Your #5. I’m a self taught knitter, no knitting friends or family. I “throw” that way. Completely let go of the right needle & kind of tighten my hold on the left needle when I let go to throw.
A (now former) co-worker tried to teach me to do it her way (as I was doing it wrong), but it felt so slow & clumsy that I very nicely told her wrong it may be, it’s the way I’m doing it becuase it works for me.
Wonderful photo of your grandmother. The casual photos are best becuase I think more of the real person comes thru. And if you were there when the photo was taken it brings back the memories of that time.
Comment - September 29, 2006 : 11:46 am
My mum taught me to knit and I throw just the same way you do. It used to frustrate my mother to no end. “Why are you letting go?! You’re making it harder for yourself!” But just recently she confessed that she thinks I’m a better knitter than she is, so I guess my weird throw method works just fine afterall.
Seeing that picture of your grandmother makes me wish I knew her too. Lovely.
Comment - September 29, 2006 : 11:58 am
#5 – me too. I hold the left and right needle together between two fingers (needles perpendicular to one another) of my left hand and use the right to throw. I’ve thought of trying to learn another way and have tried every so often, but yes – hardwired.
Comment - September 29, 2006 : 12:10 pm
i love your finishing. it really does make a difference especially when giving the item as a gift. now if i could only get my act together.
and that is a lovely picture of your grandma. i’m sorry you miss her so much.
finally, i feel so much better knowing that you lost your cool, your sweetness, and actually yelled at a bus driver this morning. it means that you are in fact not perfect, and that i am worthy of hanging out with you — well a little bit anyway. i wonder if i were pregnant if i became all sweetness and light
and send a letter to the mbta. a nice one. and reference the route and the time. and tell them that the bus driver left you — a nice pregnant lady — standing in the street.
oh and finally — i throw like that. i totally let go of the needle with my right hand — it’s the only way i’ve ever been able to do it — and it hasn’t slowed me down. it’s quite possible that the right hand needle stays suspended in mid-air i’ll have to pay attention the next time i knit.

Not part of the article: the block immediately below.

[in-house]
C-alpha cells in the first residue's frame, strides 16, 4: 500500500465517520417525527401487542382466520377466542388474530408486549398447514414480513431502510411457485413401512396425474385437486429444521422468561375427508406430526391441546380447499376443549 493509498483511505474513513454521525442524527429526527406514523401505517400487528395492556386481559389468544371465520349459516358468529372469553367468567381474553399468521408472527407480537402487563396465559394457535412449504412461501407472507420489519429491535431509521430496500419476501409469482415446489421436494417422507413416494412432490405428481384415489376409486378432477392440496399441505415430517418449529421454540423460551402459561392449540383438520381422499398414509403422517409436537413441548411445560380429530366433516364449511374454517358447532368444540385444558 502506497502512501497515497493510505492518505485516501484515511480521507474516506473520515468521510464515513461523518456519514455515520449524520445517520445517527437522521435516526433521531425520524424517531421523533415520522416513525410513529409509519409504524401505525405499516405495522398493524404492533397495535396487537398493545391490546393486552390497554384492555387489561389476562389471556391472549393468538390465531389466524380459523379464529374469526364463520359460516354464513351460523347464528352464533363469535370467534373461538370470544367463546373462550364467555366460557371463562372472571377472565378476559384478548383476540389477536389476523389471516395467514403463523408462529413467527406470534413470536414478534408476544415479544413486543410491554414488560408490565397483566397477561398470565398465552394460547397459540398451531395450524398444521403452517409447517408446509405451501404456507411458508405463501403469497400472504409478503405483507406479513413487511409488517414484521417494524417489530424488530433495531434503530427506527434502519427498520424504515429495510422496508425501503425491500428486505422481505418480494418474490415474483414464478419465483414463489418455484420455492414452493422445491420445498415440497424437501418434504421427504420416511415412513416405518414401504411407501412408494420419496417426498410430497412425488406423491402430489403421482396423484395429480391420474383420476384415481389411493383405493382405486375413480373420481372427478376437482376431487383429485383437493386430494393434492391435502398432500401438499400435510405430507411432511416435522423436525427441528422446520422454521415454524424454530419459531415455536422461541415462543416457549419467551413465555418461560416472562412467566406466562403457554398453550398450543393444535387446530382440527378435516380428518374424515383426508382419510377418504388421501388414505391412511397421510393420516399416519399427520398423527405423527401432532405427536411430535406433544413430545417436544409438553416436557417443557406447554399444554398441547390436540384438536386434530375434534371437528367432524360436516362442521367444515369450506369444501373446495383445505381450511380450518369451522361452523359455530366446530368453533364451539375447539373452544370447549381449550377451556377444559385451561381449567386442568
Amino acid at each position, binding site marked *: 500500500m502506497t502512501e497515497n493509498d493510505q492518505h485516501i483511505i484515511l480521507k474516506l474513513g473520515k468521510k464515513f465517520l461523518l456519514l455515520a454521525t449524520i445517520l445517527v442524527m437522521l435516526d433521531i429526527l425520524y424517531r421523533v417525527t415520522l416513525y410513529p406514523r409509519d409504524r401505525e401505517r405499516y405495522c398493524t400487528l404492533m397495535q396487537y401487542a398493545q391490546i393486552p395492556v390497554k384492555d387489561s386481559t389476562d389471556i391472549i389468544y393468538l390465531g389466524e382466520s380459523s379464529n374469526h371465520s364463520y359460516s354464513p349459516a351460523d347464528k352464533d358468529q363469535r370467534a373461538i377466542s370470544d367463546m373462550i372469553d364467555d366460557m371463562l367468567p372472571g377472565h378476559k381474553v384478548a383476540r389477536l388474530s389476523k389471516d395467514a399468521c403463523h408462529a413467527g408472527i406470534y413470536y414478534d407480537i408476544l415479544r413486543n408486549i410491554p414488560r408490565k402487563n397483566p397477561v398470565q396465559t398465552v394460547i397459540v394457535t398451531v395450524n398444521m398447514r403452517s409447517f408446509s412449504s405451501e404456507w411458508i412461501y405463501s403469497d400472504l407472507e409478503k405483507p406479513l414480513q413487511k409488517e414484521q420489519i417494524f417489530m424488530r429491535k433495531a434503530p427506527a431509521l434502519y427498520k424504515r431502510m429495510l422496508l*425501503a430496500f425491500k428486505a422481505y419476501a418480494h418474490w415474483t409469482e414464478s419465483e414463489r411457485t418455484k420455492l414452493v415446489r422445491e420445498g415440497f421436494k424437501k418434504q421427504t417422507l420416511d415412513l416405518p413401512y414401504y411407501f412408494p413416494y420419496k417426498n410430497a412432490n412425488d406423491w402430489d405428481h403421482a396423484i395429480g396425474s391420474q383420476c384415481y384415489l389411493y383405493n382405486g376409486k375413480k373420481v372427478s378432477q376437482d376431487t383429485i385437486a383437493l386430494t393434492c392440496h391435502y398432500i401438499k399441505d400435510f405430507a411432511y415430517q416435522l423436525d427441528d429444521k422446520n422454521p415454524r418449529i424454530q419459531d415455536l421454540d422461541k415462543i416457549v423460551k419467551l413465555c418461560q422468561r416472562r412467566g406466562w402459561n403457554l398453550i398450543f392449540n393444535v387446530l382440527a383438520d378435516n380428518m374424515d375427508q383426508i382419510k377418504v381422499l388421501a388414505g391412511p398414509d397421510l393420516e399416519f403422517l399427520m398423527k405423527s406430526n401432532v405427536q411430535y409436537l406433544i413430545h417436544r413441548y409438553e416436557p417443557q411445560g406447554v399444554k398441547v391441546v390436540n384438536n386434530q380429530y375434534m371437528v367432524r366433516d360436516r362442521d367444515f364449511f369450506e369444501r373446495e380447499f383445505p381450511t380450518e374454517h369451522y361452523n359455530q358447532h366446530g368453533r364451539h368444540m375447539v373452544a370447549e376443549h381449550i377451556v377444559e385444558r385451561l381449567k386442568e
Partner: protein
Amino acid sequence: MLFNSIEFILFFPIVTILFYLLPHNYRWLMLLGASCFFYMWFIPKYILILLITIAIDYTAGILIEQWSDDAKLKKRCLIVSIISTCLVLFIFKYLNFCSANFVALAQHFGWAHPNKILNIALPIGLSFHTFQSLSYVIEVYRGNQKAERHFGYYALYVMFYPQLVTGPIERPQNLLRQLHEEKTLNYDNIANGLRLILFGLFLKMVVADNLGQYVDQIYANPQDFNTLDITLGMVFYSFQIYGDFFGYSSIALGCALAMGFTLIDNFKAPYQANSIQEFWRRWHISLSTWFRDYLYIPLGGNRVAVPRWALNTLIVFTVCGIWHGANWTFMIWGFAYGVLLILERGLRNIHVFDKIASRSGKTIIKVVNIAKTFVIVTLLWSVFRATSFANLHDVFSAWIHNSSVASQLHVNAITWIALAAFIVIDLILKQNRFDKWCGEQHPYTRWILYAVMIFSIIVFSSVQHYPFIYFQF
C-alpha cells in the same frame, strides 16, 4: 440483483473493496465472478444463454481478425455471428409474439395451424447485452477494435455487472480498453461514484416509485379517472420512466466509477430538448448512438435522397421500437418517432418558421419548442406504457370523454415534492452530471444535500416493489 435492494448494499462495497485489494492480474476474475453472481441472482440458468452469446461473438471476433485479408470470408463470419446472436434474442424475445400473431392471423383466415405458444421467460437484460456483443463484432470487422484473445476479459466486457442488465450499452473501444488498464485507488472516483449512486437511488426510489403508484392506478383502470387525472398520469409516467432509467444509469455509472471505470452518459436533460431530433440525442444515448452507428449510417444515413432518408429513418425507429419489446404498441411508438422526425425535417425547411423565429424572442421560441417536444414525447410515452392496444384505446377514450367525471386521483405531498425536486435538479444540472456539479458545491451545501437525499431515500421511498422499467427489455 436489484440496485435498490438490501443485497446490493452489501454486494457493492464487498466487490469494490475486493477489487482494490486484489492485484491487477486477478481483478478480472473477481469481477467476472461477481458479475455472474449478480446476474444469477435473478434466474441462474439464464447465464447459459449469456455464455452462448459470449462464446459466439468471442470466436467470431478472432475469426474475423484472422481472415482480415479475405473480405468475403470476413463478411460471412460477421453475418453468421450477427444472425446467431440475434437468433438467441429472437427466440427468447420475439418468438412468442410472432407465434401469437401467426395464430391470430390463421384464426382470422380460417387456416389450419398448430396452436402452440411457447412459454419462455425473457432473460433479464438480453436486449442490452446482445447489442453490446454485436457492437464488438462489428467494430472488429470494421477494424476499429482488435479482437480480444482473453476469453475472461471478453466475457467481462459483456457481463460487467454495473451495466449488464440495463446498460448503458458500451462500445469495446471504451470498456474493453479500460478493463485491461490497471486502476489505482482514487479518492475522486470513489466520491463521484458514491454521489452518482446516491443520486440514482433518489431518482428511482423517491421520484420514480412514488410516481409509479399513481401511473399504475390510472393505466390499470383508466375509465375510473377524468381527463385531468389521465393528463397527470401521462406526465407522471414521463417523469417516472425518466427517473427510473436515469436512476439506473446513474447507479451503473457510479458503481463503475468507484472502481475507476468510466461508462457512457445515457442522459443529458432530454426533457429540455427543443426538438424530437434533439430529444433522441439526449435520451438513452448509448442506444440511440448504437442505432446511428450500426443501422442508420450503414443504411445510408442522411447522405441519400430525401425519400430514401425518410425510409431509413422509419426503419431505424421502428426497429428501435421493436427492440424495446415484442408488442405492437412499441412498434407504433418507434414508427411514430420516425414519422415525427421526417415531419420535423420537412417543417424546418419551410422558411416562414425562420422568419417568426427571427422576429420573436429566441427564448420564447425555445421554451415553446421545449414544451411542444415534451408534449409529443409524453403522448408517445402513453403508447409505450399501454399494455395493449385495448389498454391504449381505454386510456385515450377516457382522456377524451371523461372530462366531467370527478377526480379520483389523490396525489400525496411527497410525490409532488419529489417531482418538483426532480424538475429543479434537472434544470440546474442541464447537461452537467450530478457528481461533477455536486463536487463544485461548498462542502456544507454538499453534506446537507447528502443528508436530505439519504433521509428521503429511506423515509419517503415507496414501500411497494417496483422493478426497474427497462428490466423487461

Comment - September 29, 2006 : 12:14 pm
When I was pregnant, I was in the Navy, and I had a dress uniform inspection where I was expected to bring in (on a hangar) my Dress Whites, including medals, socks (or hose)and perfectly polished dress shoes. (Essentially, I was expected to “Show and Tell” everything excepy my skivvies.)
I too, am a bit of a perfectionist. My uniforms were always ironed with razor-sharp creases, and my whites were always brilliant. My dress shoes were regular leather, but they looked like patent leather. I spent way too much time shining those shoes. I spent extra time the night before this inspection polishing my dress shoes- over and over. They looked GREAT when I was done.
I had everything stacked up ready to go the night before. The morning of the inspection, I put it all in the car and drove to work listening to NPR. I heard a little *bump* when I drove through a turn, and kind of made a mental “Huh. Wonder what that was.” Then promptly forgot about it.
The inspection was first thing in the morning, so I started to get all my stuff together in my shop, and I realized i didn’t have my shoes. I went out to my car. They were not there. I looked under my desk. Not there. Still not in the car. Still not on my desk, in my bag or in my car.
I am in tears now, because I remembered the “bump” as I was driving to work that morning. I had left the dress shoes I’d put hours and hours worth of work into polishing on the roof of my car, and now they were in a wet, dirty ditch on the side of the road, abandoned.
My Chief looked at my uniform and said he didn’t need to see my shoes. I didn’t care. I was in a weird hormonal place, and all I could think about was my poor, abandoned, wet, dirty dress shoes, lying in a ditch on the side of the road.
I immediately called the uniform shop, ordered three pairs of shoes and had them shipped overnight to my house.
My Chief then sent me home, because I was too worried about my poor, abandoned shoes. (He had three kids and a wife. I think he understood I was beyond help and needed to go home before I infected anyone else with my insanity.)
I stopped at every intersection on the way home and trudged around in the ditches. I spent 1/2 an hour just at the one intersection where I had heard the “bump.” My shoes- they were not there. I was pretty pregnant a tthe time- and I was in uniform. It must have looked pretty funny to everyone driving by.
When I got home, my shoes were sitting by the door, shiny as ever.
The next day, my replacement shoes arrived. They were three different sizes. Not one of them was my shoe size.
I do not know what happened to me that day. That crazy woman was NOT ME. I swear.
I chalk it up to the hormones. There really is no other explanation I can be comfortable with.
Comment - September 29, 2006 : 12:22 pm
When I was pregnant I ordered a scarf kit to take to the hospital to knit. Funny, huh? In the 8th month of my pregnancy I became obsessed with the idea that the backyard must be re-landsaped. I don’t know what stopped me from grabbing a lawn mower, a shovel and some seeds and just goin’ for it.